Cocoon9 creates line of upscale prefabricated tiny homes
“Cocoons also appeal to community and resort developments that require multiple, duplicate units.”
The homes are built in a factory and then transported to the site fully assembled. The process takes four months, from start to finish.
Building the homes in a “closed environment” reduces potential defects, labour costs and weather-related construction delays, said the company.
Cocoon9, which has factories in New Jersey and China, will deliver a home to any site within the United States.
“In remote locations with limited access to labour and materials, Cocoons are a cost-efficient alternative to on-site construction,” said the company.
Buyers are required to build the home’s foundation, achieve necessary permits and connect the utilities. The buyer also must cover shipping costs and is responsible for renting a crane that is used to place the home on its site.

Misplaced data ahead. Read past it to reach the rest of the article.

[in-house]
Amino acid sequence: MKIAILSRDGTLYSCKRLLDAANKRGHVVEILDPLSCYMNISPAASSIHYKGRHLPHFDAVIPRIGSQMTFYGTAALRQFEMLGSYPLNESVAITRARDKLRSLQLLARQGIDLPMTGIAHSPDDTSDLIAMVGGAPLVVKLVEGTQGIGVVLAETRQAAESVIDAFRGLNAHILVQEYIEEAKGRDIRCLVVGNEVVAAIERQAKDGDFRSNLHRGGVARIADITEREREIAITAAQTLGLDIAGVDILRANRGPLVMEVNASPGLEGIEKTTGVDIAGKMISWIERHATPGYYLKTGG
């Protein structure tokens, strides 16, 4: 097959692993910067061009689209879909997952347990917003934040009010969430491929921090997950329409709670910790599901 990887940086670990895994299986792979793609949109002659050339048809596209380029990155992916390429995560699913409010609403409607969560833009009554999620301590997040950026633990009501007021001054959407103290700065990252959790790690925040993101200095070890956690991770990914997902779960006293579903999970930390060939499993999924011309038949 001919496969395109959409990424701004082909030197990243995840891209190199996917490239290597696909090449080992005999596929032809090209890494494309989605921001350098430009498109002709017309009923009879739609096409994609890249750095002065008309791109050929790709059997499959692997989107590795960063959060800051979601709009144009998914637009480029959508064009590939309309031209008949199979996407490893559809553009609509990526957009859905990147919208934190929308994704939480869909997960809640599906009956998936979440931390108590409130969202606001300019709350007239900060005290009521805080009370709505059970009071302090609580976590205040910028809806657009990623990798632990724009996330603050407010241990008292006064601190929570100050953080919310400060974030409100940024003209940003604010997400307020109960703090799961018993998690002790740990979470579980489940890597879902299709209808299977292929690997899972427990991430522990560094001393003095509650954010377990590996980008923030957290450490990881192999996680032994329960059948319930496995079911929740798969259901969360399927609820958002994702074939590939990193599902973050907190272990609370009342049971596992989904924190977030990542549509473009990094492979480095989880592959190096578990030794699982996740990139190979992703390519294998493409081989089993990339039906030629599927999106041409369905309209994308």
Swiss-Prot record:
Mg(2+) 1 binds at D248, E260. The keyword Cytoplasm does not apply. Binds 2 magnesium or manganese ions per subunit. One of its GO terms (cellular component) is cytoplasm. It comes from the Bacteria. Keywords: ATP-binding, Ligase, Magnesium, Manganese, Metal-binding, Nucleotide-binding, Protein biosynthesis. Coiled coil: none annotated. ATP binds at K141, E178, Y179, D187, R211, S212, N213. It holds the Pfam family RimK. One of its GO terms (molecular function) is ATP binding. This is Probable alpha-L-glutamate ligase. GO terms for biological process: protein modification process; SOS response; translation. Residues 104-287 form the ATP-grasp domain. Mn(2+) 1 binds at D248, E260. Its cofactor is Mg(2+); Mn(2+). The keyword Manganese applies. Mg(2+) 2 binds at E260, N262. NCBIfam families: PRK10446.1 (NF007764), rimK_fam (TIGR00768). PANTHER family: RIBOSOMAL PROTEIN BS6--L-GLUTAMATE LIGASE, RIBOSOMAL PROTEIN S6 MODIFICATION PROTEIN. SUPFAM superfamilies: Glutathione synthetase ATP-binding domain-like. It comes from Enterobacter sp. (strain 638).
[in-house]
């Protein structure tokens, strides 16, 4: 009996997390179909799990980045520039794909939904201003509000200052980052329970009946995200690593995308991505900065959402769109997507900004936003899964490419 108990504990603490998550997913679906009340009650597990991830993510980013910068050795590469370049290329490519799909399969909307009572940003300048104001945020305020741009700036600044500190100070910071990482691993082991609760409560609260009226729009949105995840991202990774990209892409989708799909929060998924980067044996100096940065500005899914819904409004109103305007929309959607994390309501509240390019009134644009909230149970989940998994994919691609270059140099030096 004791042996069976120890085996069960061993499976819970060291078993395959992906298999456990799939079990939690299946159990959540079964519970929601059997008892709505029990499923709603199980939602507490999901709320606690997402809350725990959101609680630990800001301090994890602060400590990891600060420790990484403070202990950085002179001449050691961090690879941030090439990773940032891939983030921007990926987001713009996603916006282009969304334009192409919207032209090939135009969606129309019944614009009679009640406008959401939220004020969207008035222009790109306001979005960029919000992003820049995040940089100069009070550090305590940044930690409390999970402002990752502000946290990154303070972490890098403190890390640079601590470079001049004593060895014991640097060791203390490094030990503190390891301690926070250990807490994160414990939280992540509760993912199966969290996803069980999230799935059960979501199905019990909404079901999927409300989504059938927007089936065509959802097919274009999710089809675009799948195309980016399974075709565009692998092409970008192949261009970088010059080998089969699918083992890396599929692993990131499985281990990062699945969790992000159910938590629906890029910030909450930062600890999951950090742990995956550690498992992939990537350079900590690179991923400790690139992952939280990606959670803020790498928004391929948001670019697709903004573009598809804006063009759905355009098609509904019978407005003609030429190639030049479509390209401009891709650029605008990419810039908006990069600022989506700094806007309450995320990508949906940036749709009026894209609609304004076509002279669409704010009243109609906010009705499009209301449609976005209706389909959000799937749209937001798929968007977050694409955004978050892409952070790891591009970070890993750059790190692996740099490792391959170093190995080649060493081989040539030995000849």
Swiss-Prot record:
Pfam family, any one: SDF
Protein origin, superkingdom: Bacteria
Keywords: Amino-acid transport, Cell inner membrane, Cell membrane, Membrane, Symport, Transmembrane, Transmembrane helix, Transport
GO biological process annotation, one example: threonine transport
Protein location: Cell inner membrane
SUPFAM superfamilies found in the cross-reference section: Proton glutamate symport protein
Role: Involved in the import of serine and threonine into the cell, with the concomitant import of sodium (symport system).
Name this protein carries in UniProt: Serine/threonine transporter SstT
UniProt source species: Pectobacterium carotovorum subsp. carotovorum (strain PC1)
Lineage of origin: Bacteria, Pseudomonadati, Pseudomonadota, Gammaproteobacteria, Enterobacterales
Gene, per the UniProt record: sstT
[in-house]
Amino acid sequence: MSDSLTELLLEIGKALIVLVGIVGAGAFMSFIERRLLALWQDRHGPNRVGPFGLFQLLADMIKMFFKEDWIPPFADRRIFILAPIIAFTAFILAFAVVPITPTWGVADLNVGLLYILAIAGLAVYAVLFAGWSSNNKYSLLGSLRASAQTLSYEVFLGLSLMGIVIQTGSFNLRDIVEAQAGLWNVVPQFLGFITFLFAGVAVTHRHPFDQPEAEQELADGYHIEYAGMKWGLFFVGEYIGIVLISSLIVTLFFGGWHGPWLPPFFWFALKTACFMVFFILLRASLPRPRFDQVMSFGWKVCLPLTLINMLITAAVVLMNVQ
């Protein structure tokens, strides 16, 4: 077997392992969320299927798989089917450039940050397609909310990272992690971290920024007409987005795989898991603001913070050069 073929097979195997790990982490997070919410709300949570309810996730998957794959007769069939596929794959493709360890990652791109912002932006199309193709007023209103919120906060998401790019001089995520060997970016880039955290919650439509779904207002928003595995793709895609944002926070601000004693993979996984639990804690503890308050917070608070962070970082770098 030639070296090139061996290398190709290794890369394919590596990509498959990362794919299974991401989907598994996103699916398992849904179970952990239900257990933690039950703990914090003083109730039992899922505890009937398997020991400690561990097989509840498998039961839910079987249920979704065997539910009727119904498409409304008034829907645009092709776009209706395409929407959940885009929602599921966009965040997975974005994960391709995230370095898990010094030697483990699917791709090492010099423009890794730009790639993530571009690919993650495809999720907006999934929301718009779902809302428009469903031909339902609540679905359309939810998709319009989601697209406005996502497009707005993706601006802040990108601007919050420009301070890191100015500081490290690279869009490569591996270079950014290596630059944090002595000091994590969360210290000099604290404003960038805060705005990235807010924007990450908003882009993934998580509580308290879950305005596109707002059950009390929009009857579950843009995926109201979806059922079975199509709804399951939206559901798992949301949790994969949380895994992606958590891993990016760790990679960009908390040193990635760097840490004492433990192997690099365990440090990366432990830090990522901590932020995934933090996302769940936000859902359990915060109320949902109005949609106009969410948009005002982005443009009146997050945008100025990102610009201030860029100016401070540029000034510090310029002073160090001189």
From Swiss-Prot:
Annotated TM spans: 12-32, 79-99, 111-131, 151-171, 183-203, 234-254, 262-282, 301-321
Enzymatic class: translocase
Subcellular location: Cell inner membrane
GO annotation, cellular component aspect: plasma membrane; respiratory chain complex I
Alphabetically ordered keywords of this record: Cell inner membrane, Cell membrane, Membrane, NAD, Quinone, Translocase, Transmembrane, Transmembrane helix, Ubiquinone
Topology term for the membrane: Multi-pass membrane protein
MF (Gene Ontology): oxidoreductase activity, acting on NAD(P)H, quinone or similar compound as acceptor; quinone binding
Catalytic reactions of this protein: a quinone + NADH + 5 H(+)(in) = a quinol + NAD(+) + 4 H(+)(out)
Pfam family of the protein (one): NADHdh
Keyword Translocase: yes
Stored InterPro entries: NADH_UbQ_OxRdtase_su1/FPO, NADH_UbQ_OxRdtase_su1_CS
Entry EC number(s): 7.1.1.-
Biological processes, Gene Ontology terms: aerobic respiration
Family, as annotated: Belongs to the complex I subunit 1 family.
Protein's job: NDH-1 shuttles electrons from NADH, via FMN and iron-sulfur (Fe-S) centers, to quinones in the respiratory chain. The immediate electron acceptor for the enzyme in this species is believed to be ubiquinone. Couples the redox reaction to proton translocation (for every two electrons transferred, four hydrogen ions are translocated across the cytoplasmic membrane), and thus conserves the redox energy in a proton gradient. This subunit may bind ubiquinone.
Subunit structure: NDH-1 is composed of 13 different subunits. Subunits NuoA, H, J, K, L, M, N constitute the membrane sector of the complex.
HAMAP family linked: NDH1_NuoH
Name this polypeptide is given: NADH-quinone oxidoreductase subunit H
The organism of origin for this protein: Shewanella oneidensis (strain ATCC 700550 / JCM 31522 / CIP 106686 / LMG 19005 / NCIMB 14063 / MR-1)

Cocoon9, which has one architect on staff, was founded in 2010 by American entrepreneur and investor Christopher Burch.
“Having noticed the tiny home movement, Christopher Burch developed Cocoon9 as an entirely new solution to homeowners’ and developers’ demand for space efficiency and sustainable luxury,” said the company.
Burch started the clothing brand C Wonder and is the former husband of fashion designer Tory Burch.
An increasing number of architects and developers are investigating the possibilities of prefabricated units to provide cabins and second homes or tackle affordable housing shortages in cities.
Recent examples include the House project by UK architect ShedKM and developer Urban SplashВ in Manchester, a prototype low-cost home in Copenhagen, andВ aВ modular, micro-unit apartment towerВ in New York City.
Last year also saw theВ launch of Revolution Precrafted, a company that aims to “democratise” architecture withВ small prefabricated homes and pavilions by more than 30 famous architects and designers. Its latest additions are a pod byВ Mexico City-basedВ Fernando RomeroВ and a glass-walled home by German firm J Mayer H.